69% of adult internet users, or roughly half of all U.S. adults (52%), have used the internet to watch or download video, with 18-29 year-olds leading the way. Comedy video has supplanted news video as the most viewed type of video online
14% of adult internet users have uploaded a video to the internet, an increase over the 8% of internet users who were uploading in 2007
WASHINGTON – Seven in ten adult internet users (69%) have used the internet to watch or download video. That represents 52% of all adults in the United States.
Moreover, video creation has now become a notable feature of online life. One in seven adult internet users (14%) have uploaded a video to the internet.
Driven by the popularity of online video among 18-29 year-olds, there have been dramatic increases since 2007 in the number of American adults watching:
- Comedy or humorous videos, rising in viewership from 31% of adult internet users in 2007 to 50% of adult internet users in the current survey
- Educational videos, rising in viewership from 22% to 38% of adult internet users
- Movies or TV show videos, rising in viewership from 16% to 32% of adult internet users
- Political videos, rising in viewership from 15% to 30% of adult internet users
“We are seeing a surge in online video watching that is driven by a combination of broadband access, the increasing use of social networking sites, and the popularity of video-sharing sites,” explains Kristen Purcell, Associate Director for Research at the Pew Research Center’s Internet & American Life Project and author of the report. “To tap into these trends, untold numbers of websites now showcase online video as part of their content.”
Adding to that content are the 14% of adult internet users who have uploaded their own video to the internet. That figure is almost double the 8% of internet users who were uploading video in 2007.
Home video is far and away the most popular content posted online, shared by 62% of video uploaders. And uploaders are just as likely to share video on social networking sites like Facebook (52% do this) as they are on more specialized video-sharing sites like YouTube (49% do this).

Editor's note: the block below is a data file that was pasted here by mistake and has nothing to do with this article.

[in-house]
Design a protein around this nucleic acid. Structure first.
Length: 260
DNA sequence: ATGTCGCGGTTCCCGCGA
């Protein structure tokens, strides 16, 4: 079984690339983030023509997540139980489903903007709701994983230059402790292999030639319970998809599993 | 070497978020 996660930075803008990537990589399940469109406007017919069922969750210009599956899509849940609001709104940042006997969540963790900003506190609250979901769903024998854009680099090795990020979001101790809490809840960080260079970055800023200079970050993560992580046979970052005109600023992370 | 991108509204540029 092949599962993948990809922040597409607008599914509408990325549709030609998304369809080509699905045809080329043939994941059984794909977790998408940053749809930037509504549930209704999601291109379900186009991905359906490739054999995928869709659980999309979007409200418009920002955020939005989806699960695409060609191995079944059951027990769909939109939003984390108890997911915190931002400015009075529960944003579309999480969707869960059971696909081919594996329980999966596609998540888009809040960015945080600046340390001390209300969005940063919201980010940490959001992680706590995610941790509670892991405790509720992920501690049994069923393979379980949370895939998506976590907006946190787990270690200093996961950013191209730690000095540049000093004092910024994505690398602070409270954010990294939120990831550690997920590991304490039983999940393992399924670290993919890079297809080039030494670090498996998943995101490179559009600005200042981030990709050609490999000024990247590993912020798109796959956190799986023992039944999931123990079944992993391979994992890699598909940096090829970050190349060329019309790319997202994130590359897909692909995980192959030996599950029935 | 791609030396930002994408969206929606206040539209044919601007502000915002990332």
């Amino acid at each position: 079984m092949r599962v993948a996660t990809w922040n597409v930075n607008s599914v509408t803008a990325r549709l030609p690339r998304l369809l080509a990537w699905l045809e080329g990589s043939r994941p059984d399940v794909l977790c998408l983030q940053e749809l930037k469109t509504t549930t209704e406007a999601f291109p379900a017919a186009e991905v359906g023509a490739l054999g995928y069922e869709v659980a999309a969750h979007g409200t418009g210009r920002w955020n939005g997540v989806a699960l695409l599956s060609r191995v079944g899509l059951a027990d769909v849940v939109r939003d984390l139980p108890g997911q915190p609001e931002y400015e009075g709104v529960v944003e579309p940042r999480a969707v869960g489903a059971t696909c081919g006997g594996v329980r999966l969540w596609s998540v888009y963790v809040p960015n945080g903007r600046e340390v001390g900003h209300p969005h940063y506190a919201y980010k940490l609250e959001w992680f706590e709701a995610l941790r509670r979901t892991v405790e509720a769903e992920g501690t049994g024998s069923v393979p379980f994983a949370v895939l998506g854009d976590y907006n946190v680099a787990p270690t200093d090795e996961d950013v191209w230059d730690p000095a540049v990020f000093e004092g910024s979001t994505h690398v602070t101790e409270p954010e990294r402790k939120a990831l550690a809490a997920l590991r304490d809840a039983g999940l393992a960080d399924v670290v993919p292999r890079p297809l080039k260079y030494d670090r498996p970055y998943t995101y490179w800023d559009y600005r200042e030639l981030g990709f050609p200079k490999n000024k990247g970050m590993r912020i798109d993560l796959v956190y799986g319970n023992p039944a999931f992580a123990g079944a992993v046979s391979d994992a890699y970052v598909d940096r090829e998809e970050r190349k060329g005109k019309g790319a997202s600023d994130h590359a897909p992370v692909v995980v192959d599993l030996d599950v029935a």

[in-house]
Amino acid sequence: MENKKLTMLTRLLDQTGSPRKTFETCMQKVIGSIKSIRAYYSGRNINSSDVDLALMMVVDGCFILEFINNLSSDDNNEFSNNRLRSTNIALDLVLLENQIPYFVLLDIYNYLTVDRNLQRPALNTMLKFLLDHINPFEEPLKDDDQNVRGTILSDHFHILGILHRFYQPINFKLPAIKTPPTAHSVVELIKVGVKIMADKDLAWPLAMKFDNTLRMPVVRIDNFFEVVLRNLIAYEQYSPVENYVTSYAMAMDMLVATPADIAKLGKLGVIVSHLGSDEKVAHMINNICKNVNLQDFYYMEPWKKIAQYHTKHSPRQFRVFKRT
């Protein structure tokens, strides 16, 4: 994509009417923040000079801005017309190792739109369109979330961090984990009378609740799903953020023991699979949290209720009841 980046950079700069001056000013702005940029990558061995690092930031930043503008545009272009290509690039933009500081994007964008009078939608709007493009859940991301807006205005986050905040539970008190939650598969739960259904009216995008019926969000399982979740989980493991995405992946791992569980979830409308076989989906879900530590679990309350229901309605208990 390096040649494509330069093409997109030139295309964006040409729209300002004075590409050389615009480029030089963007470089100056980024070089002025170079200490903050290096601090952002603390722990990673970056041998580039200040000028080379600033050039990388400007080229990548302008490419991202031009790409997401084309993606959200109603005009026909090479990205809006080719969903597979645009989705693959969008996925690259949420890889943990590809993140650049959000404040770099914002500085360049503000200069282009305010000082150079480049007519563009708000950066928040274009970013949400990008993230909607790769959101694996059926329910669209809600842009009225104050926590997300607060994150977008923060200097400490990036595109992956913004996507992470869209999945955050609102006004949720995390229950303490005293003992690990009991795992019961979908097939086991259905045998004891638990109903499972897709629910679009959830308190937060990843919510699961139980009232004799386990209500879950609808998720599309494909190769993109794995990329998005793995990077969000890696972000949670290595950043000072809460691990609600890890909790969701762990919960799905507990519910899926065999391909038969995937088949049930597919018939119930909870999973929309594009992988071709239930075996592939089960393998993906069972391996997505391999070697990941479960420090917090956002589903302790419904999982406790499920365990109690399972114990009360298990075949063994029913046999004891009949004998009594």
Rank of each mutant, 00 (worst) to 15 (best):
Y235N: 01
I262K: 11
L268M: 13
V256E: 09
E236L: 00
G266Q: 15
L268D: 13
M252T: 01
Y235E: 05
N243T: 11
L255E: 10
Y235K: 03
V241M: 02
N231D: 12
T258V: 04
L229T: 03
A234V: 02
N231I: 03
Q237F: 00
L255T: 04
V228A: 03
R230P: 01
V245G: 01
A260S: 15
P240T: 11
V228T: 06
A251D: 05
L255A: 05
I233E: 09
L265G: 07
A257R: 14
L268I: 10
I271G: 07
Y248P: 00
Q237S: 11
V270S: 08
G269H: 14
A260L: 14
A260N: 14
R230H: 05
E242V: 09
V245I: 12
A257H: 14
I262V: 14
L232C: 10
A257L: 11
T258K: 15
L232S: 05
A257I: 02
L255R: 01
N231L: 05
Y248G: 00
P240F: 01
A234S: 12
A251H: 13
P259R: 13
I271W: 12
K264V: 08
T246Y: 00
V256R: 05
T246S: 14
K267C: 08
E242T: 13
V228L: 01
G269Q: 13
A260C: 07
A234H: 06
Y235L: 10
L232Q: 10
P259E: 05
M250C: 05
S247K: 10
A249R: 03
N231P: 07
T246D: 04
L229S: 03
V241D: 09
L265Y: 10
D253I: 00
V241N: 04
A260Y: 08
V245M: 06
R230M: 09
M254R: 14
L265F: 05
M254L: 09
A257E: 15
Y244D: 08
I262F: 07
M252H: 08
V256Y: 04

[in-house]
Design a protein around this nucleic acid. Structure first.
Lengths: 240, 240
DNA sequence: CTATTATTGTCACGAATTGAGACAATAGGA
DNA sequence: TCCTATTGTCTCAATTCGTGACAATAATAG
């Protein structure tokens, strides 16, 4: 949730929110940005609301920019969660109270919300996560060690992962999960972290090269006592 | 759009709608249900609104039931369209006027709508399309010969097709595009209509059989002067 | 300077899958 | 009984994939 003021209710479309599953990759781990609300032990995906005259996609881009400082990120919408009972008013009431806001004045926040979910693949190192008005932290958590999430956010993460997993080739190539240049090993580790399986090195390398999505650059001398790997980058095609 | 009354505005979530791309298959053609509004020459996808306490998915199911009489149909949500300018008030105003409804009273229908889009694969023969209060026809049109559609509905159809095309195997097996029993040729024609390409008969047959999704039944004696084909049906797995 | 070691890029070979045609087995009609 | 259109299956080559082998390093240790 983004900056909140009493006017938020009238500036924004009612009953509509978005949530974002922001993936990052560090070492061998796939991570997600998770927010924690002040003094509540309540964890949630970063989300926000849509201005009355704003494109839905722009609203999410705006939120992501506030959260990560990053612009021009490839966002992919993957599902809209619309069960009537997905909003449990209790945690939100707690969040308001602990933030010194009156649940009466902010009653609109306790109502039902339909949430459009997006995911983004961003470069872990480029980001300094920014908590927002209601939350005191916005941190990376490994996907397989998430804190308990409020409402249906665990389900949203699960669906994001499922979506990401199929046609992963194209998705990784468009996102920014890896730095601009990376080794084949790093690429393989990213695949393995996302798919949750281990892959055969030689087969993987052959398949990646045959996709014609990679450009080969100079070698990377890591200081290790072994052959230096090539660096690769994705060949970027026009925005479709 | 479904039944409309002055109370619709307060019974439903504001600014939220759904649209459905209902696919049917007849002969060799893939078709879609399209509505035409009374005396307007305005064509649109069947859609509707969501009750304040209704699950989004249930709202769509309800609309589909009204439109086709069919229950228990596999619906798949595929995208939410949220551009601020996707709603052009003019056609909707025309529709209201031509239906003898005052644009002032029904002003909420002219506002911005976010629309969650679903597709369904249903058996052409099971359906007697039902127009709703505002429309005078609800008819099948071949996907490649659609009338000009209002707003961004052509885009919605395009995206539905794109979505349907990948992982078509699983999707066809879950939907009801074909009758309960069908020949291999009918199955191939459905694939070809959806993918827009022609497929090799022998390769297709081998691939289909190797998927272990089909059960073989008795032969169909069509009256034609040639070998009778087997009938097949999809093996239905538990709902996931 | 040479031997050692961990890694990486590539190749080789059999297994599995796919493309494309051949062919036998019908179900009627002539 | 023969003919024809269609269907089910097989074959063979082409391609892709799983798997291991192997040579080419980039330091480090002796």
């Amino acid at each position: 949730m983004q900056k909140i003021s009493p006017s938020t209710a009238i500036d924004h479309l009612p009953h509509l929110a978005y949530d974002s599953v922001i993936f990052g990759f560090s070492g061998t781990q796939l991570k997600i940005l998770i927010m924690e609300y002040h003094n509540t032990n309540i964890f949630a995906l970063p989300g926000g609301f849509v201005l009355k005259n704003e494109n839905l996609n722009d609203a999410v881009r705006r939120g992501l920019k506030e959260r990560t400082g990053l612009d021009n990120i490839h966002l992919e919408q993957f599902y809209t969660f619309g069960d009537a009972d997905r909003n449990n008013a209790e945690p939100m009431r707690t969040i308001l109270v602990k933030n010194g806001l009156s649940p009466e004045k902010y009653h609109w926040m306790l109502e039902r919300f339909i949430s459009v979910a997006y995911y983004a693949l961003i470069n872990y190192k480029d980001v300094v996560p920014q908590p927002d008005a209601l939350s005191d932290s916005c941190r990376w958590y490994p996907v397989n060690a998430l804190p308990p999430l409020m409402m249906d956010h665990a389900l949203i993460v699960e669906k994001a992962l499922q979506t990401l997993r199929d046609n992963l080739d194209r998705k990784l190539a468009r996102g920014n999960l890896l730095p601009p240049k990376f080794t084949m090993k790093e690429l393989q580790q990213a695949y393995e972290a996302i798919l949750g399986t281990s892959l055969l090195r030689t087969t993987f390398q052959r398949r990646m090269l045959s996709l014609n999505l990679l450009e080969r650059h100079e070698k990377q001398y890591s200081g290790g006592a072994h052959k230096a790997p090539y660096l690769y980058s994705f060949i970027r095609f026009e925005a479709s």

While video-sharing is growing in popularity, adult internet users have mixed feelings about how broadly they want to share their own creations. While 31% of uploaders say they “always” place restrictions on who can access their videos, 50% say they “never” restrict access. The remaining 19% fall somewhere in the middle.
Purcell explains, “People are increasingly enthusiastic about the opportunity to share their own video content online, but there’s a lot of variation in terms of how people control access to the videos they post, who they think is watching, and concern about how their video might be used.”
The survey reveals that among video uploaders, there is almost universal appreciation for the ease with which video-sharing sites allow them to share video with family and friends. But a considerable number (35%) also feel they should be more careful about what they post. And while 39% of uploaders express the belief that only people they know will see the videos they post, an equal number (41%) say they are surprised by the number of people who watch their videos. Another 28% say that sharing videos online has helped them meet new people.
This report is based on data from telephone interviews conducted by Princeton Survey Research Associates International between June 18-21, 2009 among a sample of 1,005 adults, 18 and older. For results based on the total sample of adults, one can say with 95% confidence that the error attributable to sampling and other random effects is plus or minus 3.6 percentage points. For results based on internet users (n=763), the margin of sampling error is plus or minus 4.5 percentage points.
The Pew Research Center’s Internet & American Life Project is one of seven projects that make up the Pew Research Center, a nonpartisan, nonprofit “fact tank” that provides information on the issues, attitudes and trends shaping America and the world. The Project produces reports exploring the impact of the internet on families, communities, work and home, daily life, education, health care, and civic and political life.